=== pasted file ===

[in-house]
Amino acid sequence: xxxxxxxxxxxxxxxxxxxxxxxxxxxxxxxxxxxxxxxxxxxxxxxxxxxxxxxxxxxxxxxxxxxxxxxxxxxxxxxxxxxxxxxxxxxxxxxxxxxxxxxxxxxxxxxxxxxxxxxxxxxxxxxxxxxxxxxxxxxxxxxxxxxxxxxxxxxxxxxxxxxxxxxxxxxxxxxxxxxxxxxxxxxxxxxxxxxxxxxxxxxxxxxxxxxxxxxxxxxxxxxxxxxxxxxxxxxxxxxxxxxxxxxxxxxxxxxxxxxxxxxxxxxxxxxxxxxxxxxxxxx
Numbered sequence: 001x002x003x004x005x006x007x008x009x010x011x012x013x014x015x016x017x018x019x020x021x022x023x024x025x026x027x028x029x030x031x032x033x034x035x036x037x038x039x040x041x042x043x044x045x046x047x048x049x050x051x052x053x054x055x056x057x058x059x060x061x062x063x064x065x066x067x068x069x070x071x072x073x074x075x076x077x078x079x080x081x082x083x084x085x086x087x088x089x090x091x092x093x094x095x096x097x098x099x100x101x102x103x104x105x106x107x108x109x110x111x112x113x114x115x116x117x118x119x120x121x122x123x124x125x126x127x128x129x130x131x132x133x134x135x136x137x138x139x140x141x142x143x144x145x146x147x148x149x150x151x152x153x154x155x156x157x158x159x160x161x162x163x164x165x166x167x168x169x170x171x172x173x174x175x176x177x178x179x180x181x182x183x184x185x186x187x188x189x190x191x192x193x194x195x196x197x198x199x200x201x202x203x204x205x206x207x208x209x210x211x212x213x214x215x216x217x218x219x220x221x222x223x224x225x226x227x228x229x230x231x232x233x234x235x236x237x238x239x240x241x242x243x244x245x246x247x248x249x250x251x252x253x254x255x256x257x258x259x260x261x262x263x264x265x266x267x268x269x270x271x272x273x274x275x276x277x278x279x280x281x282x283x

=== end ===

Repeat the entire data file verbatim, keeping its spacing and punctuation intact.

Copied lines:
[in-house]
Amino acid sequence: xxxxxxxxxxxxxxxxxxxxxxxxxxxxxxxxxxxxxxxxxxxxxxxxxxxxxxxxxxxxxxxxxxxxxxxxxxxxxxxxxxxxxxxxxxxxxxxxxxxxxxxxxxxxxxxxxxxxxxxxxxxxxxxxxxxxxxxxxxxxxxxxxxxxxxxxxxxxxxxxxxxxxxxxxxxxxxxxxxxxxxxxxxxxxxxxxxxxxxxxxxxxxxxxxxxxxxxxxxxxxxxxxxxxxxxxxxxxxxxxxxxxxxxxxxxxxxxxxxxxxxxxxxxxxxxxxxxxxxxxxxx
Numbered sequence: 001x002x003x004x005x006x007x008x009x010x011x012x013x014x015x016x017x018x019x020x021x022x023x024x025x026x027x028x029x030x031x032x033x034x035x036x037x038x039x040x041x042x043x044x045x046x047x048x049x050x051x052x053x054x055x056x057x058x059x060x061x062x063x064x065x066x067x068x069x070x071x072x073x074x075x076x077x078x079x080x081x082x083x084x085x086x087x088x089x090x091x092x093x094x095x096x097x098x099x100x101x102x103x104x105x106x107x108x109x110x111x112x113x114x115x116x117x118x119x120x121x122x123x124x125x126x127x128x129x130x131x132x133x134x135x136x137x138x139x140x141x142x143x144x145x146x147x148x149x150x151x152x153x154x155x156x157x158x159x160x161x162x163x164x165x166x167x168x169x170x171x172x173x174x175x176x177x178x179x180x181x182x183x184x185x186x187x188x189x190x191x192x193x194x195x196x197x198x199x200x201x202x203x204x205x206x207x208x209x210x211x212x213x214x215x216x217x218x219x220x221x222x223x224x225x226x227x228x229x230x231x232x233x234x235x236x237x238x239x240x241x242x243x244x245x246x247x248x249x250x251x252x253x254x255x256x257x258x259x260x261x262x263x264x265x266x267x268x269x270x271x272x273x274x275x276x277x278x279x280x281x282x283x